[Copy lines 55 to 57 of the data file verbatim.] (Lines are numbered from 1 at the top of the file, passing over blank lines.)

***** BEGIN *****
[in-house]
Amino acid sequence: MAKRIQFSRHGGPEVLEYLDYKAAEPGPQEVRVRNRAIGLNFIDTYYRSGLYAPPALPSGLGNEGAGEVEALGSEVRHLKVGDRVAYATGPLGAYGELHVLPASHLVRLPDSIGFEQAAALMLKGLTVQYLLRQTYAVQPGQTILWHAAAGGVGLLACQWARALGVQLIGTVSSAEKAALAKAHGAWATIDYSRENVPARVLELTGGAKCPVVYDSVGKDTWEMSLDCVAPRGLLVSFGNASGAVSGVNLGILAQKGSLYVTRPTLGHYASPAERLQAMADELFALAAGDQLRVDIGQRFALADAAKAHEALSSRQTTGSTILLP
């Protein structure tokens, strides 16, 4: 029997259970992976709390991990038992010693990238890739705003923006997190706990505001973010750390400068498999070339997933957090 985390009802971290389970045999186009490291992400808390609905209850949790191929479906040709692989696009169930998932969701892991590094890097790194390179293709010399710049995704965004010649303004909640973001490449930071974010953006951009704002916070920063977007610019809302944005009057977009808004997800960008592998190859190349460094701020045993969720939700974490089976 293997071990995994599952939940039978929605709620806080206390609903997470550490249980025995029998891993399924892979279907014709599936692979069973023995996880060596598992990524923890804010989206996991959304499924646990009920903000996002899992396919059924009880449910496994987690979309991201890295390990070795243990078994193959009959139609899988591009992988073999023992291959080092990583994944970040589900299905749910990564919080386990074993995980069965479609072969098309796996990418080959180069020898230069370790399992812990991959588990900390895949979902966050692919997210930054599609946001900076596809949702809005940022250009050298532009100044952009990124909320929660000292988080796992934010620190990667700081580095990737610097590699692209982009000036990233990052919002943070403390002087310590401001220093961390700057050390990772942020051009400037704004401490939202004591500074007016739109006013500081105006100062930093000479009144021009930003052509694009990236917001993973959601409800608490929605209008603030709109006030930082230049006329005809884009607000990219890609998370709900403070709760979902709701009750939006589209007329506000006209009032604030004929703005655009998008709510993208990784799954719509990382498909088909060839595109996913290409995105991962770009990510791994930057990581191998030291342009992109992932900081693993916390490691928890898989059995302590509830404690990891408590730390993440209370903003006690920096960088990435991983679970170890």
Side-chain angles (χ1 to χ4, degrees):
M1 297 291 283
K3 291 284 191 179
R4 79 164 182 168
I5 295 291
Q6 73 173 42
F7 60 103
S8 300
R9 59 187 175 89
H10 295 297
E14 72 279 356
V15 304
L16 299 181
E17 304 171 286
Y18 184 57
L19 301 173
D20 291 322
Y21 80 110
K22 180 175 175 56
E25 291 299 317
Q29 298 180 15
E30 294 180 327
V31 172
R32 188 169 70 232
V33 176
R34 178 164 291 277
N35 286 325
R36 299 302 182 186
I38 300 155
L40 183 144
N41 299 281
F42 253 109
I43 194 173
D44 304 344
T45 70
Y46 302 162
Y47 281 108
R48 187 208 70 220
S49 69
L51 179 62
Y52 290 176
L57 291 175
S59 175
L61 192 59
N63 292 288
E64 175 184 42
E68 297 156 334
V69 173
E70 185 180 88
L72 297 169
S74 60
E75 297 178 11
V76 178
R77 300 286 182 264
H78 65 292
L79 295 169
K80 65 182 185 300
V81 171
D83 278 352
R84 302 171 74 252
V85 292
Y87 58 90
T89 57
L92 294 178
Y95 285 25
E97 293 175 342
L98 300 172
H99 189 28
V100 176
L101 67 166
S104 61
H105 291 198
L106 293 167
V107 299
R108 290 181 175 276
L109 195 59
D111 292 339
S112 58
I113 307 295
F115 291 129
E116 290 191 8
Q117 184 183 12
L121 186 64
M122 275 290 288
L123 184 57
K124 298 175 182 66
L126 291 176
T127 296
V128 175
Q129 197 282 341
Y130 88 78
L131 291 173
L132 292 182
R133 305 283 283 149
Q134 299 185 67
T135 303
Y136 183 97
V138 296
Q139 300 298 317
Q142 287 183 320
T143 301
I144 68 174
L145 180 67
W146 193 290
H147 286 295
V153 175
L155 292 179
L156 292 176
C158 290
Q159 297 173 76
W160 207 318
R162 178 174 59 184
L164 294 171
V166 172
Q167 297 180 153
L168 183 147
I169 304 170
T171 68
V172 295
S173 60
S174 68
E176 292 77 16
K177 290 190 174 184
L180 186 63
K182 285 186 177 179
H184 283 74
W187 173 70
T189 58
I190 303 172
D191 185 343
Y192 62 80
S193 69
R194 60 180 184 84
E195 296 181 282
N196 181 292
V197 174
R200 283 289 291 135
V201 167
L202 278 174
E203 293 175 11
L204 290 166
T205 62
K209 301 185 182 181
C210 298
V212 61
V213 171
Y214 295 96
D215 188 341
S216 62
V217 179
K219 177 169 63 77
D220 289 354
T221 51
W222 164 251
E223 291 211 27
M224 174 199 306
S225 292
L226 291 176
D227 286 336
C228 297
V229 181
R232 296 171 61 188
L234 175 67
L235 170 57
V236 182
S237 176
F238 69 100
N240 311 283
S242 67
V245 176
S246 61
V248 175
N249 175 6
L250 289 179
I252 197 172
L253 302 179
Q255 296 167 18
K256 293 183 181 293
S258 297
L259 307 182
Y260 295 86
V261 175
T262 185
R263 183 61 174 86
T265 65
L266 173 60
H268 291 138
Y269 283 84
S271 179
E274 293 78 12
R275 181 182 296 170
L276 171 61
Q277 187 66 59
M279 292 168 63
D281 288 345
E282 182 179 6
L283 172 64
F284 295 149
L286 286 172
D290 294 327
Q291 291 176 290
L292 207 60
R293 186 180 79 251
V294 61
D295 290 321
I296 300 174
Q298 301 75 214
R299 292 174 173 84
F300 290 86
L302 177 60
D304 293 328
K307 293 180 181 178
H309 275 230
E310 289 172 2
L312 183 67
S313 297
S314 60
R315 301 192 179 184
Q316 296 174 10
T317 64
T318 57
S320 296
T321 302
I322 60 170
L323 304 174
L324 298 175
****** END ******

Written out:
E75 297 178 11
V76 178
R77 300 286 182 264